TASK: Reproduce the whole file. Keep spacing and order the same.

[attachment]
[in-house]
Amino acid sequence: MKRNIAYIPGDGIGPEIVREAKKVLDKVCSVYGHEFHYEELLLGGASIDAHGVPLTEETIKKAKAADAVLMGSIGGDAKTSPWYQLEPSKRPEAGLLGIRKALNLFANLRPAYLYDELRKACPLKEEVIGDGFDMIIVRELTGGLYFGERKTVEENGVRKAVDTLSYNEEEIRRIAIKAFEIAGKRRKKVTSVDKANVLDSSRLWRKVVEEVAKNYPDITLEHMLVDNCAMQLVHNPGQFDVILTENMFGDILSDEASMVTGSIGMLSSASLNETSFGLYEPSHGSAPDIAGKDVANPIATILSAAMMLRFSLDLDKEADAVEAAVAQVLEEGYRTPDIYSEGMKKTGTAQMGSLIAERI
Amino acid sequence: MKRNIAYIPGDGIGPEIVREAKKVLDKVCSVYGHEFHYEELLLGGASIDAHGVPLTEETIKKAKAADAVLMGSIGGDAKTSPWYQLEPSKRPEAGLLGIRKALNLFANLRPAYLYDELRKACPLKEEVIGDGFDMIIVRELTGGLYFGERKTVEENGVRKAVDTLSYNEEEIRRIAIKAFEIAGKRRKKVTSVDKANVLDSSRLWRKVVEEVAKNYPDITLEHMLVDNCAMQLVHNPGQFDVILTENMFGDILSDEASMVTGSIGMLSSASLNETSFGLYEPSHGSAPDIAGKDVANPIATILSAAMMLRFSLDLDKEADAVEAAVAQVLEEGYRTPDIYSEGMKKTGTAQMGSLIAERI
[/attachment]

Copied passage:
[in-house]
Amino acid sequence: MKRNIAYIPGDGIGPEIVREAKKVLDKVCSVYGHEFHYEELLLGGASIDAHGVPLTEETIKKAKAADAVLMGSIGGDAKTSPWYQLEPSKRPEAGLLGIRKALNLFANLRPAYLYDELRKACPLKEEVIGDGFDMIIVRELTGGLYFGERKTVEENGVRKAVDTLSYNEEEIRRIAIKAFEIAGKRRKKVTSVDKANVLDSSRLWRKVVEEVAKNYPDITLEHMLVDNCAMQLVHNPGQFDVILTENMFGDILSDEASMVTGSIGMLSSASLNETSFGLYEPSHGSAPDIAGKDVANPIATILSAAMMLRFSLDLDKEADAVEAAVAQVLEEGYRTPDIYSEGMKKTGTAQMGSLIAERI
Amino acid sequence: MKRNIAYIPGDGIGPEIVREAKKVLDKVCSVYGHEFHYEELLLGGASIDAHGVPLTEETIKKAKAADAVLMGSIGGDAKTSPWYQLEPSKRPEAGLLGIRKALNLFANLRPAYLYDELRKACPLKEEVIGDGFDMIIVRELTGGLYFGERKTVEENGVRKAVDTLSYNEEEIRRIAIKAFEIAGKRRKKVTSVDKANVLDSSRLWRKVVEEVAKNYPDITLEHMLVDNCAMQLVHNPGQFDVILTENMFGDILSDEASMVTGSIGMLSSASLNETSFGLYEPSHGSAPDIAGKDVANPIATILSAAMMLRFSLDLDKEADAVEAAVAQVLEEGYRTPDIYSEGMKKTGTAQMGSLIAERI